1.0 of Borax 1.4 of trisodium phosphate 25.0 of polyethylene glycol 400 72.6 of water This solution is emulsified in 400 parts of 5% ethyl cellulose in xylene-carbon tetrachloride (1:1 by weight). 1% of a finely divided solidified Castor oil derivative (Thixoin R, Baker Castor Oil Co.) is used as emulsifying agent (e.g. 1% on the weight of the aqueous solution). The emulsion is diluted with carbon tetrachloride to 2 /2% with respect to ethyl cellulose. Thereafter a slow addition of petroleum ether (65-1l0 C.) with stirring, causes gradual precipitation of ethyl cellulose on the droplets of the aqueous solution, trapping and encapsulating them. The microcapsule suspension obtained is cooled with simultaneous agitation at 15 C., and allowed to settle. The equilibrium liquid is decanted and replaced by an equal volume of a 121.5 mixture (by Weight) of carbon tetrachloride to petroleum ether (65 110 C.). After agitation at room temperature for 15 minutes, the microcapsule suspension is allowed to settle and the liquid decanted. The procedure is repeated using mixtures of carbon tetrachloride-petroleum ether of 1:3 and 1:5. The wet capsules are then stirred into two volumes of petroleum ether (3560 C.) containing 2 parts of a microcrystalline wax (e.g. Muitiwax W445, Petroleum Specialties, Inc). After standing overnight at room temperature, the capsules are filtered and air dried.

The resulting microcapsules may be dispersed in a coating medium such as a solution of maleic rosin ester (e.g. Amberol 806, Rohm & Haas Co.) in petroleum naphtha or mineral thinner, and coated on ozaliid type diazo paper or plain paper. Coating on diazo paper produces a selfdeveloping diazo paper, upon which marks can be made by a simple application of pressure. The plain coated paper may be used to print on ozalid paper.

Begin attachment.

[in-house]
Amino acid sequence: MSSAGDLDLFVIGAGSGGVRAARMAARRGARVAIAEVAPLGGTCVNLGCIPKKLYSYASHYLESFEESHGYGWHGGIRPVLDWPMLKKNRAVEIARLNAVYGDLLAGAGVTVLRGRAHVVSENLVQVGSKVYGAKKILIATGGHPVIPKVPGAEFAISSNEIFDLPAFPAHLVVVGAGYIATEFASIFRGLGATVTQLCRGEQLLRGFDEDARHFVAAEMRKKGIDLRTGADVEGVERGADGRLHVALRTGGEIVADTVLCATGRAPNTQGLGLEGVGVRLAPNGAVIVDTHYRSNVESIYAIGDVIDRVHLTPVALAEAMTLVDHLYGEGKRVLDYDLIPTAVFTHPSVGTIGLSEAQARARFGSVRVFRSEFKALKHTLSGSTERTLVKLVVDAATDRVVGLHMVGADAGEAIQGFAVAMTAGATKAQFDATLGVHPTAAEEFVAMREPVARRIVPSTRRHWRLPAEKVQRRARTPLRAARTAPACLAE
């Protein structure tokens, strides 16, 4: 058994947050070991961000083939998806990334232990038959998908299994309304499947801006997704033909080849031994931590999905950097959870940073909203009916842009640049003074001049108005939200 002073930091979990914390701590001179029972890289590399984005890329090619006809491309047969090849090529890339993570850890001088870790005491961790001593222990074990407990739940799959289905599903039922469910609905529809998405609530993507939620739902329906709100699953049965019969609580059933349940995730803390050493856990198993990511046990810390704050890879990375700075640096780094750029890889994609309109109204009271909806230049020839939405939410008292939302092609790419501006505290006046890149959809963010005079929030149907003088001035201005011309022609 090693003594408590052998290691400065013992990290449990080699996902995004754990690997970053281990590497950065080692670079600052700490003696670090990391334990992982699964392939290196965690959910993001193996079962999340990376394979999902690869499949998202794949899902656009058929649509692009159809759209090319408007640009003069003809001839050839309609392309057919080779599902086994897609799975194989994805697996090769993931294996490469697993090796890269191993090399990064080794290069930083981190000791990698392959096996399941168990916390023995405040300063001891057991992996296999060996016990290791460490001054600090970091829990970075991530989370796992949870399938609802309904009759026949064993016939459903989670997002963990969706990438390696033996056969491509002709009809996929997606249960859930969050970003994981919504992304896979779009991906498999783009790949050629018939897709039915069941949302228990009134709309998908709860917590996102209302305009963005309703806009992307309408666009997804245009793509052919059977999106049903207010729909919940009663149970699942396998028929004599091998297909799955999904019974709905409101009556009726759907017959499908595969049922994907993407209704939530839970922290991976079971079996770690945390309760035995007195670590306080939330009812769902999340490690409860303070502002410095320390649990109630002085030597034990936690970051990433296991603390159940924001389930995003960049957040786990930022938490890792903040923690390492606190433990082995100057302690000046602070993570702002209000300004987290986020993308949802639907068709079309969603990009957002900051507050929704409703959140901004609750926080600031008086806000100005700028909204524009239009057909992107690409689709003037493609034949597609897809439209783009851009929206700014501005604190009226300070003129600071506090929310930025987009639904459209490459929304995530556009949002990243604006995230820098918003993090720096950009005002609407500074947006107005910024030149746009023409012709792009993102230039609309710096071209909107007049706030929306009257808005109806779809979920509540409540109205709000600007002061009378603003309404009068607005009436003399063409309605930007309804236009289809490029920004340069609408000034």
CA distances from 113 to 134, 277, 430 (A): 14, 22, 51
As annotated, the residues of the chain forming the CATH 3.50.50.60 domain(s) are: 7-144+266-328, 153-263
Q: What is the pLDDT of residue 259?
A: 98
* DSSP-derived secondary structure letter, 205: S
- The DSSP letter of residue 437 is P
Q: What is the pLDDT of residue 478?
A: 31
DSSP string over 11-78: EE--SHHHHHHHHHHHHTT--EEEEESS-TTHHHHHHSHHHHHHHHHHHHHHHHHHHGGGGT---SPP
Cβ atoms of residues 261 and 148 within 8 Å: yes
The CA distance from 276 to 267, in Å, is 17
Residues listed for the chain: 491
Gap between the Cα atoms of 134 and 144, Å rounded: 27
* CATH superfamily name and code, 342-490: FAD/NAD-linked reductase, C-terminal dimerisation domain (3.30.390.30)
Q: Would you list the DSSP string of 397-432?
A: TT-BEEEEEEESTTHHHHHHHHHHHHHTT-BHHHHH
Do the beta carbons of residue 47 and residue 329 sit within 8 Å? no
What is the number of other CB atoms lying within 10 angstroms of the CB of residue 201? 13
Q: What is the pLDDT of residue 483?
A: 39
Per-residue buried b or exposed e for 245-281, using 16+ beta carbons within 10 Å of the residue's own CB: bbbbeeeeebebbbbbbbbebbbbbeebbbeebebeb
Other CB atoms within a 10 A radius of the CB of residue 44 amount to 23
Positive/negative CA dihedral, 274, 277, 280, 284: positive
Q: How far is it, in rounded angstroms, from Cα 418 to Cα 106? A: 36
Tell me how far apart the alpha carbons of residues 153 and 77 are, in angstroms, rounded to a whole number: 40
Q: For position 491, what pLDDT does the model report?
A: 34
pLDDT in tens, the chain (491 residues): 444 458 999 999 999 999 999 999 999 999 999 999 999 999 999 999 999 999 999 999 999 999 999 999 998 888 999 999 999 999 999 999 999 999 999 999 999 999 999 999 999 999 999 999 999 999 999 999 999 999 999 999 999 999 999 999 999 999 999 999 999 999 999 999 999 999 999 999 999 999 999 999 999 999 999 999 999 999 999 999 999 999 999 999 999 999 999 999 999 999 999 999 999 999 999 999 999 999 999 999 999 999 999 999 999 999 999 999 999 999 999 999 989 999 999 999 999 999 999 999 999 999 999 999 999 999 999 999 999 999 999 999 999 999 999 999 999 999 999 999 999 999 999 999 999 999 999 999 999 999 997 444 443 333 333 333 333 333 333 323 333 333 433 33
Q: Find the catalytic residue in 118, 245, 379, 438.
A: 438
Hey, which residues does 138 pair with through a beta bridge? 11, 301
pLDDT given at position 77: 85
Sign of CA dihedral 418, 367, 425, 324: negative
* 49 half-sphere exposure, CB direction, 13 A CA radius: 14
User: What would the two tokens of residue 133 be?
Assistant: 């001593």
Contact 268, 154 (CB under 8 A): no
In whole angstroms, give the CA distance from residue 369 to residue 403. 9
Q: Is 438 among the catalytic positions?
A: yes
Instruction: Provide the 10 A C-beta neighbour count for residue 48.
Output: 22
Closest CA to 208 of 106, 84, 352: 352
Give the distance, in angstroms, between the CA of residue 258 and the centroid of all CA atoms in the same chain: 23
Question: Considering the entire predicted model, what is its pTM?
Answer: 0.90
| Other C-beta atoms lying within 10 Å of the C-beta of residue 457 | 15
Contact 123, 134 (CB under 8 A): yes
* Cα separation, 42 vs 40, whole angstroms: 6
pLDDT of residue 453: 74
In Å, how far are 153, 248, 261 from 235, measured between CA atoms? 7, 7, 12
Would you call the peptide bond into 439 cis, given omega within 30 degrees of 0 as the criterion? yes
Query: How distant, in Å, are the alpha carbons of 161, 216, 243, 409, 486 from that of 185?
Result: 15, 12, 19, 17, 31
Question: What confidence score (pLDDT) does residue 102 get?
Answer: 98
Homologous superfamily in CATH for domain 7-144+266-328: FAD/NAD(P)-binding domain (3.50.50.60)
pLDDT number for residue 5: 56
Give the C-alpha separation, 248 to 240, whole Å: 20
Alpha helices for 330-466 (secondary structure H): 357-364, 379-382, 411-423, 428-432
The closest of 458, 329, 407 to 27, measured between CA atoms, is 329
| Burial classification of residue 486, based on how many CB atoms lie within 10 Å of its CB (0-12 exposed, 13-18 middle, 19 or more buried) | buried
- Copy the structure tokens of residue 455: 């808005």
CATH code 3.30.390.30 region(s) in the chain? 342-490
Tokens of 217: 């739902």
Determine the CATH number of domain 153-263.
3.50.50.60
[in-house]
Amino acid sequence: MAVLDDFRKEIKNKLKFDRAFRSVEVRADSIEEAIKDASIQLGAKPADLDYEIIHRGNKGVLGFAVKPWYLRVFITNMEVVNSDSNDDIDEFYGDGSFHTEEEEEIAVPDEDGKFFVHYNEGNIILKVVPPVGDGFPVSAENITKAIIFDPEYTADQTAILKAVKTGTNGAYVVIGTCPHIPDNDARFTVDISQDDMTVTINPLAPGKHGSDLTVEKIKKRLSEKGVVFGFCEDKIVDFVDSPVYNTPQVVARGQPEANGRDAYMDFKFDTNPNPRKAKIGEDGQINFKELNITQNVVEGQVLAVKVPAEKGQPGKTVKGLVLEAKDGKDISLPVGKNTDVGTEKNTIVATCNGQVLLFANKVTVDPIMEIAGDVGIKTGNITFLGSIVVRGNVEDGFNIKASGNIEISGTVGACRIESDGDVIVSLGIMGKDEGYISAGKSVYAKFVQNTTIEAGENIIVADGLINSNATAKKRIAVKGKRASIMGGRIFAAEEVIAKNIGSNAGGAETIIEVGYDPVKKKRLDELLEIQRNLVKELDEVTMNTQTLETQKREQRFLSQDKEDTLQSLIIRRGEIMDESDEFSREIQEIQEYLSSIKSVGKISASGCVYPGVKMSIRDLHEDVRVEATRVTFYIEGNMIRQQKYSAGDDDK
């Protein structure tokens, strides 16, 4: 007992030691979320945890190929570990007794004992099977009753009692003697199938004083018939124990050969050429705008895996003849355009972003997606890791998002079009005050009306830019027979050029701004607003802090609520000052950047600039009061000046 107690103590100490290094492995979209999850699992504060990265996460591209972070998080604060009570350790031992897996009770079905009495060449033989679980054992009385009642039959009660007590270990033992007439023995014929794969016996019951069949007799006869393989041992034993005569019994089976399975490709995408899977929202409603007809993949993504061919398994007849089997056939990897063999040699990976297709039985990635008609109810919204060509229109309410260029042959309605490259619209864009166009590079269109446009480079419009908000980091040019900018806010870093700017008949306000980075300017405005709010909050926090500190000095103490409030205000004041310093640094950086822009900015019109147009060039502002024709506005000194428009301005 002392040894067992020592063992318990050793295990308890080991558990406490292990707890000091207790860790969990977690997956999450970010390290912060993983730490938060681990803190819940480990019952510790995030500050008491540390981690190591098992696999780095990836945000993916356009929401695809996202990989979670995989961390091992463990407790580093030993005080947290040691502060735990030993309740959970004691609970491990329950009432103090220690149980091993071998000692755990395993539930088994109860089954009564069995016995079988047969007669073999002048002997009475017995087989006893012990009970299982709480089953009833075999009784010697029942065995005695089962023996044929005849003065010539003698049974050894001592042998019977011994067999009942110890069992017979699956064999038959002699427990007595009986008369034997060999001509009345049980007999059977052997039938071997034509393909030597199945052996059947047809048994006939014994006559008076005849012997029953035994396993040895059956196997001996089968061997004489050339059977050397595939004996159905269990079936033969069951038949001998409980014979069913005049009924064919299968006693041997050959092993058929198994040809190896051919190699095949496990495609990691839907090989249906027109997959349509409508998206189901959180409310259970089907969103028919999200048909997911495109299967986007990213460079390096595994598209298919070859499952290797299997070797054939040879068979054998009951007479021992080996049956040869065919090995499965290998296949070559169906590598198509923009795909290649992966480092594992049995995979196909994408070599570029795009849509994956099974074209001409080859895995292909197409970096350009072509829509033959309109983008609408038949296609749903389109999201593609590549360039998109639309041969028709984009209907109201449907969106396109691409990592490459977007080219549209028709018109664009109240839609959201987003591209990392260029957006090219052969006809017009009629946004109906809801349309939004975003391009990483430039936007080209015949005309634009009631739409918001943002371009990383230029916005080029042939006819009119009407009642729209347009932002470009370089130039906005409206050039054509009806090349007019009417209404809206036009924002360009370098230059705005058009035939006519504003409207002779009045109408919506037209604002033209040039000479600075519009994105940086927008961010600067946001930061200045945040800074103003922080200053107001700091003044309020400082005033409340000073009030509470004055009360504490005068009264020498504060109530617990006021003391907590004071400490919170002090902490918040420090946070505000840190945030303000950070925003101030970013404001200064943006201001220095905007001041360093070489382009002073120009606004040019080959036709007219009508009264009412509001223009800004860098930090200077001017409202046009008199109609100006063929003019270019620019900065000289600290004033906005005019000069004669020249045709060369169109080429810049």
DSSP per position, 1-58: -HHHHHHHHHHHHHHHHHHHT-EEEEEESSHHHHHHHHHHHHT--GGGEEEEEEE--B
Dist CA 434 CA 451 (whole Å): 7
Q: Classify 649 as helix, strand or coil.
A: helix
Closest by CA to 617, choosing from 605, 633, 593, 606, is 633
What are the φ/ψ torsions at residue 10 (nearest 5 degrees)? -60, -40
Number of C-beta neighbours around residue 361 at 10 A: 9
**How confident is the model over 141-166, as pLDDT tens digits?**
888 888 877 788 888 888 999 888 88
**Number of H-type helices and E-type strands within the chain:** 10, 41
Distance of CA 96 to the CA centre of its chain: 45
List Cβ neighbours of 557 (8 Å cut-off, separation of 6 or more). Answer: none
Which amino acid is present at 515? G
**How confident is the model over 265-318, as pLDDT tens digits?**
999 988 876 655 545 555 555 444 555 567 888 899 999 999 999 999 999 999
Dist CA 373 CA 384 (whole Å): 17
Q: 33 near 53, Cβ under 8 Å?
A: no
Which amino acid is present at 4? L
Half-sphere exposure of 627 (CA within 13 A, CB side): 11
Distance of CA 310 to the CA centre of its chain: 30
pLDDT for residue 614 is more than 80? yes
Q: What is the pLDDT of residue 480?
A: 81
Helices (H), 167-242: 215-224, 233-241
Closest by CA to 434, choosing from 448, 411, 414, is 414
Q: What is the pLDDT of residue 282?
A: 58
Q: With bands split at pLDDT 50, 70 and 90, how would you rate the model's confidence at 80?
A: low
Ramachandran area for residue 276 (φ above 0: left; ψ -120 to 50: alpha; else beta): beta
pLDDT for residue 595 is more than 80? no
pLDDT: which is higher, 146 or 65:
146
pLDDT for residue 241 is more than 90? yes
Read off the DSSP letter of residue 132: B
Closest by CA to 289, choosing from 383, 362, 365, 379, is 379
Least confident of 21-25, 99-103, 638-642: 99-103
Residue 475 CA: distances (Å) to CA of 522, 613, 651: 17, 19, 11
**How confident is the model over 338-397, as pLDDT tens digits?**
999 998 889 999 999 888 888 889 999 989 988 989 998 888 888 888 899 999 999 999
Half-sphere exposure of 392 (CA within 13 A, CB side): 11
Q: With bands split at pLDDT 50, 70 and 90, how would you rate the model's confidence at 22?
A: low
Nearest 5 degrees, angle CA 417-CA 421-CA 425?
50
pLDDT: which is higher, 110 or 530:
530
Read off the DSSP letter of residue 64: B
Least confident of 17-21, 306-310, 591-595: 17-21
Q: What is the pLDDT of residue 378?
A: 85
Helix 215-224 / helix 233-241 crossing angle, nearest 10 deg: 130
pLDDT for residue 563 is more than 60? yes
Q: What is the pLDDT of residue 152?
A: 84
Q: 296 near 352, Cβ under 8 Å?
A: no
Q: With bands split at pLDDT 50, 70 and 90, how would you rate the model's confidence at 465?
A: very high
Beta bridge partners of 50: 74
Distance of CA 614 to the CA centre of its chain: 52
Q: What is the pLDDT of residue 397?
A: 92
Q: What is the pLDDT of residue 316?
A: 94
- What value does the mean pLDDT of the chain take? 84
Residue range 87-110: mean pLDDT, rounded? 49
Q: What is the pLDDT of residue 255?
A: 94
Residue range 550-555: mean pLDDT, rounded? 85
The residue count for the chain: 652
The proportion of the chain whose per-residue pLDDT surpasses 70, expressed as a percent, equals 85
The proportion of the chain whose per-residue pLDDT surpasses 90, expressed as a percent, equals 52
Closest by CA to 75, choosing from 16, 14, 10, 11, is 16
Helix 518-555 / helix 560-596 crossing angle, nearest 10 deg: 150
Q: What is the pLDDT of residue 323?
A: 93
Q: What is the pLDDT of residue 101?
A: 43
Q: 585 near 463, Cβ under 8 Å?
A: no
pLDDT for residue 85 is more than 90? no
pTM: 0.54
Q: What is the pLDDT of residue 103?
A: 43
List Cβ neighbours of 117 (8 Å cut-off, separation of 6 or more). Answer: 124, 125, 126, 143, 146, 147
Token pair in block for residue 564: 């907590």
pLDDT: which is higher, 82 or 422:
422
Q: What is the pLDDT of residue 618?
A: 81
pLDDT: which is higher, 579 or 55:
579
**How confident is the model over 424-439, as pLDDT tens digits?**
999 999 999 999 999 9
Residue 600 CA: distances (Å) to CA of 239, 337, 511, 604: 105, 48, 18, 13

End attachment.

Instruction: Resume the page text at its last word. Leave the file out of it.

The solution is emulsified in 400 parts of 5% ethyl cellulose in a xylene-carbon tetrachloride mixture (1:1 by weight), which contains 2 parts of cetyl alcohol and 0.01 part of an optical bleach (e.g. Tinopal E. Geigy Chemical Co.). Petroleum ether (65-110" C.) is added gradually with sutficient agitation to precipitate the ethyl cellulose on the internal phase of the emulsion, forming microcapsules. After agitation at room temperature for approximately 30 minutes, the suspension is allowed to settle. The equilibrium liquid is decanted and replaced by an equal volume of a 1:15 mixture (by weight) of carbon tetrachloride to petroleum ether (65l10 C.). After agitation at room temperature for about 15 minutes, the microcapsule suspension is allowed to settle and The procedure is repeated using mixtures of carbon tetrachloride petroleum ether in proportions of 1:3, and 1:5 respectively. The wet capsules can now be dispersed in two volumes of petroleum ether (3560 C.), filtered and dried. They may also be dispersed in a suitable carrier for coating on paper.

Papers coated with this product may be used to print on diazo coated papers (papers sensitized with a stabilized diazonium salt).

I claim:

'1. In a process of producing polymeric microcapsules containing aqueous solution, the steps of dispersing such solution in a nonaqueous nonpolar solvent liquid containing dissolved hydrophobic polymerized material, adding a nonaqueous nonpolar liquid in which said polymerized material is insoluble, said last named step causing said polymerized material to insolubilize and precipitate about dispersed droplets of aqueous solution to form polymeric microcapsules, and gradually insolubilizing and hardening said microcapsules by successive washings with mixtures of said nonaqueous nonpolar solvent and nonaqueous nonpolar insolubilizing liquid decreasing in solvent capacity with respect to said polymerized material.

2. A process as in claim 1 wherein said microcapsules are dried under reduced pressure after they have been washed.